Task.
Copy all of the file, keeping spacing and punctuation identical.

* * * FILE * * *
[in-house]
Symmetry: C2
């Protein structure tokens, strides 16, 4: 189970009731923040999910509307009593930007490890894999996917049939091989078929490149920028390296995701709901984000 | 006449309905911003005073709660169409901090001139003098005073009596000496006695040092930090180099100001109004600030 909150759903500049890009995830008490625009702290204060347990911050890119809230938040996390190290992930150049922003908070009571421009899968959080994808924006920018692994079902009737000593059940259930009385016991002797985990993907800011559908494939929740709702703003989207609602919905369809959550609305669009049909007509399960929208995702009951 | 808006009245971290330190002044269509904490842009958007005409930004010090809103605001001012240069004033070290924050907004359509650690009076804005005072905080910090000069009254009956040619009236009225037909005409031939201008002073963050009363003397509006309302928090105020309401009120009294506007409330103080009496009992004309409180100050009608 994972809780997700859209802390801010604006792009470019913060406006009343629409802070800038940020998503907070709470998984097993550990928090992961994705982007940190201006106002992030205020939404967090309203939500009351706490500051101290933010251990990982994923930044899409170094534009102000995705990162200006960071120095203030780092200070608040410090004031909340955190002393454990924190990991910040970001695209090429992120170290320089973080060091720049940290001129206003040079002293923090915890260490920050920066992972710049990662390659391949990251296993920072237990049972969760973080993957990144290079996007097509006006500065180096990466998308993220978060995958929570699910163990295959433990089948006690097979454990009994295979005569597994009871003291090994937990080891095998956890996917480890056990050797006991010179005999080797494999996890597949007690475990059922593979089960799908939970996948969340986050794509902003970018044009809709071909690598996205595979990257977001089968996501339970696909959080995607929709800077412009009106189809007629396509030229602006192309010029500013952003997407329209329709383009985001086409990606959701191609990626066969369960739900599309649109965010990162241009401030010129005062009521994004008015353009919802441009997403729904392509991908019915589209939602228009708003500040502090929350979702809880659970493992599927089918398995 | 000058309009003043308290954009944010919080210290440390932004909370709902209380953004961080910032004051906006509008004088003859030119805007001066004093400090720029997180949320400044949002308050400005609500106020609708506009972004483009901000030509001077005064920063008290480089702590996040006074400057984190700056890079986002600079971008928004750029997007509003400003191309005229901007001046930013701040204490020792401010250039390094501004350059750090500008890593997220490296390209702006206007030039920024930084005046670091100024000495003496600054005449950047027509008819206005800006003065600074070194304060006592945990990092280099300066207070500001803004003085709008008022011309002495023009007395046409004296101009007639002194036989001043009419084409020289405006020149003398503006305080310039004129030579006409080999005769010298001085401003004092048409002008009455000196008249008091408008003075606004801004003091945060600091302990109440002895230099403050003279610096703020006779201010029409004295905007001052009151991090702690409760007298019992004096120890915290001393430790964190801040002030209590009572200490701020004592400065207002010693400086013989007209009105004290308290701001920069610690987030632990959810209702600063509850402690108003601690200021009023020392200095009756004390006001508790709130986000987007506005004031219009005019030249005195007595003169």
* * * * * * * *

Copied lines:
[in-house]
Symmetry: C2
């Protein structure tokens, strides 16, 4: 189970009731923040999910509307009593930007490890894999996917049939091989078929490149920028390296995701709901984000 | 006449309905911003005073709660169409901090001139003098005073009596000496006695040092930090180099100001109004600030 909150759903500049890009995830008490625009702290204060347990911050890119809230938040996390190290992930150049922003908070009571421009899968959080994808924006920018692994079902009737000593059940259930009385016991002797985990993907800011559908494939929740709702703003989207609602919905369809959550609305669009049909007509399960929208995702009951 | 808006009245971290330190002044269509904490842009958007005409930004010090809103605001001012240069004033070290924050907004359509650690009076804005005072905080910090000069009254009956040619009236009225037909005409031939201008002073963050009363003397509006309302928090105020309401009120009294506007409330103080009496009992004309409180100050009608 994972809780997700859209802390801010604006792009470019913060406006009343629409802070800038940020998503907070709470998984097993550990928090992961994705982007940190201006106002992030205020939404967090309203939500009351706490500051101290933010251990990982994923930044899409170094534009102000995705990162200006960071120095203030780092200070608040410090004031909340955190002393454990924190990991910040970001695209090429992120170290320089973080060091720049940290001129206003040079002293923090915890260490920050920066992972710049990662390659391949990251296993920072237990049972969760973080993957990144290079996007097509006006500065180096990466998308993220978060995958929570699910163990295959433990089948006690097979454990009994295979005569597994009871003291090994937990080891095998956890996917480890056990050797006991010179005999080797494999996890597949007690475990059922593979089960799908939970996948969340986050794509902003970018044009809709071909690598996205595979990257977001089968996501339970696909959080995607929709800077412009009106189809007629396509030229602006192309010029500013952003997407329209329709383009985001086409990606959701191609990626066969369960739900599309649109965010990162241009401030010129005062009521994004008015353009919802441009997403729904392509991908019915589209939602228009708003500040502090929350979702809880659970493992599927089918398995 | 000058309009003043308290954009944010919080210290440390932004909370709902209380953004961080910032004051906006509008004088003859030119805007001066004093400090720029997180949320400044949002308050400005609500106020609708506009972004483009901000030509001077005064920063008290480089702590996040006074400057984190700056890079986002600079971008928004750029997007509003400003191309005229901007001046930013701040204490020792401010250039390094501004350059750090500008890593997220490296390209702006206007030039920024930084005046670091100024000495003496600054005449950047027509008819206005800006003065600074070194304060006592945990990092280099300066207070500001803004003085709008008022011309002495023009007395046409004296101009007639002194036989001043009419084409020289405006020149003398503006305080310039004129030579006409080999005769010298001085401003004092048409002008009455000196008249008091408008003075606004801004003091945060600091302990109440002895230099403050003279610096703020006779201010029409004295905007001052009151991090702690409760007298019992004096120890915290001393430790964190801040002030209590009572200490701020004592400065207002010693400086013989007209009105004290308290701001920069610690987030632990959810209702600063509850402690108003601690200021009023020392200095009756004390006001508790709130986000987007506005004031219009005019030249005195007595003169």